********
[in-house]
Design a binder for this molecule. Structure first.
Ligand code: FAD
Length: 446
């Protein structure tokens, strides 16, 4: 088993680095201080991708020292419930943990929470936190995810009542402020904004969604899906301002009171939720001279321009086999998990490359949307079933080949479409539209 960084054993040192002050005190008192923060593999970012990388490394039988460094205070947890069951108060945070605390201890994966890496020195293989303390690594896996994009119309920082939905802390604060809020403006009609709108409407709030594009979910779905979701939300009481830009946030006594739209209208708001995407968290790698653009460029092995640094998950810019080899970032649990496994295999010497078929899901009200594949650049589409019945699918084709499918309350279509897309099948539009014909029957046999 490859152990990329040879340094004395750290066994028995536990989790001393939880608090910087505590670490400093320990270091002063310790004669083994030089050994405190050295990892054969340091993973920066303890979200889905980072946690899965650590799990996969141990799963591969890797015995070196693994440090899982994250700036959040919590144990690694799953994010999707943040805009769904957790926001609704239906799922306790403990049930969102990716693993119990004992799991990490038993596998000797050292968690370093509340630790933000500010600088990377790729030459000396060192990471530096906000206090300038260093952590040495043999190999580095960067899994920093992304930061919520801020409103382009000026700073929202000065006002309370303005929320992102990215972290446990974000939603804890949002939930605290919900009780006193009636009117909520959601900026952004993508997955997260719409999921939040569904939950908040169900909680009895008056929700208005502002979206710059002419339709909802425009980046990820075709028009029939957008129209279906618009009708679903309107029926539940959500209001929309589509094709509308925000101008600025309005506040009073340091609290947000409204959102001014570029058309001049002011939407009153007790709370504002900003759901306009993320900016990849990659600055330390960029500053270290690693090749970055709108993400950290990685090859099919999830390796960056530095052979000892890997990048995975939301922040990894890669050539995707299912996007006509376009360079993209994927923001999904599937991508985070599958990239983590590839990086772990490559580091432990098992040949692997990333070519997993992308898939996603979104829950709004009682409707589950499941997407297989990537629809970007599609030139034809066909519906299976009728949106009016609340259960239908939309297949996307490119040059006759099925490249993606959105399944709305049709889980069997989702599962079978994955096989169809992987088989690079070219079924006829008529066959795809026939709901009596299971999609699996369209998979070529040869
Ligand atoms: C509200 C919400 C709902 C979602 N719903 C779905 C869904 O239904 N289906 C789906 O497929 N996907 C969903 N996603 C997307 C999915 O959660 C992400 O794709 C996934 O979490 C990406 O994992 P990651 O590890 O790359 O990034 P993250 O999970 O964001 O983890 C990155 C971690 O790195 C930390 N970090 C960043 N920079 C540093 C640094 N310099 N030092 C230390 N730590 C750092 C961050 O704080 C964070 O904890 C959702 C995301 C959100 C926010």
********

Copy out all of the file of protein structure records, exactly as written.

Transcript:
[in-house]
Design a binder for this molecule. Structure first.
Ligand code: FAD
Length: 446
């Protein structure tokens, strides 16, 4: 088993680095201080991708020292419930943990929470936190995810009542402020904004969604899906301002009171939720001279321009086999998990490359949307079933080949479409539209 960084054993040192002050005190008192923060593999970012990388490394039988460094205070947890069951108060945070605390201890994966890496020195293989303390690594896996994009119309920082939905802390604060809020403006009609709108409407709030594009979910779905979701939300009481830009946030006594739209209208708001995407968290790698653009460029092995640094998950810019080899970032649990496994295999010497078929899901009200594949650049589409019945699918084709499918309350279509897309099948539009014909029957046999 490859152990990329040879340094004395750290066994028995536990989790001393939880608090910087505590670490400093320990270091002063310790004669083994030089050994405190050295990892054969340091993973920066303890979200889905980072946690899965650590799990996969141990799963591969890797015995070196693994440090899982994250700036959040919590144990690694799953994010999707943040805009769904957790926001609704239906799922306790403990049930969102990716693993119990004992799991990490038993596998000797050292968690370093509340630790933000500010600088990377790729030459000396060192990471530096906000206090300038260093952590040495043999190999580095960067899994920093992304930061919520801020409103382009000026700073929202000065006002309370303005929320992102990215972290446990974000939603804890949002939930605290919900009780006193009636009117909520959601900026952004993508997955997260719409999921939040569904939950908040169900909680009895008056929700208005502002979206710059002419339709909802425009980046990820075709028009029939957008129209279906618009009708679903309107029926539940959500209001929309589509094709509308925000101008600025309005506040009073340091609290947000409204959102001014570029058309001049002011939407009153007790709370504002900003759901306009993320900016990849990659600055330390960029500053270290690693090749970055709108993400950290990685090859099919999830390796960056530095052979000892890997990048995975939301922040990894890669050539995707299912996007006509376009360079993209994927923001999904599937991508985070599958990239983590590839990086772990490559580091432990098992040949692997990333070519997993992308898939996603979104829950709004009682409707589950499941997407297989990537629809970007599609030139034809066909519906299976009728949106009016609340259960239908939309297949996307490119040059006759099925490249993606959105399944709305049709889980069997989702599962079978994955096989169809992987088989690079070219079924006829008529066959795809026939709901009596299971999609699996369209998979070529040869
Ligand atoms: C509200 C919400 C709902 C979602 N719903 C779905 C869904 O239904 N289906 C789906 O497929 N996907 C969903 N996603 C997307 C999915 O959660 C992400 O794709 C996934 O979490 C990406 O994992 P990651 O590890 O790359 O990034 P993250 O999970 O964001 O983890 C990155 C971690 O790195 C930390 N970090 C960043 N920079 C540093 C640094 N310099 N030092 C230390 N730590 C750092 C961050 O704080 C964070 O904890 C959702 C995301 C959100 C926010």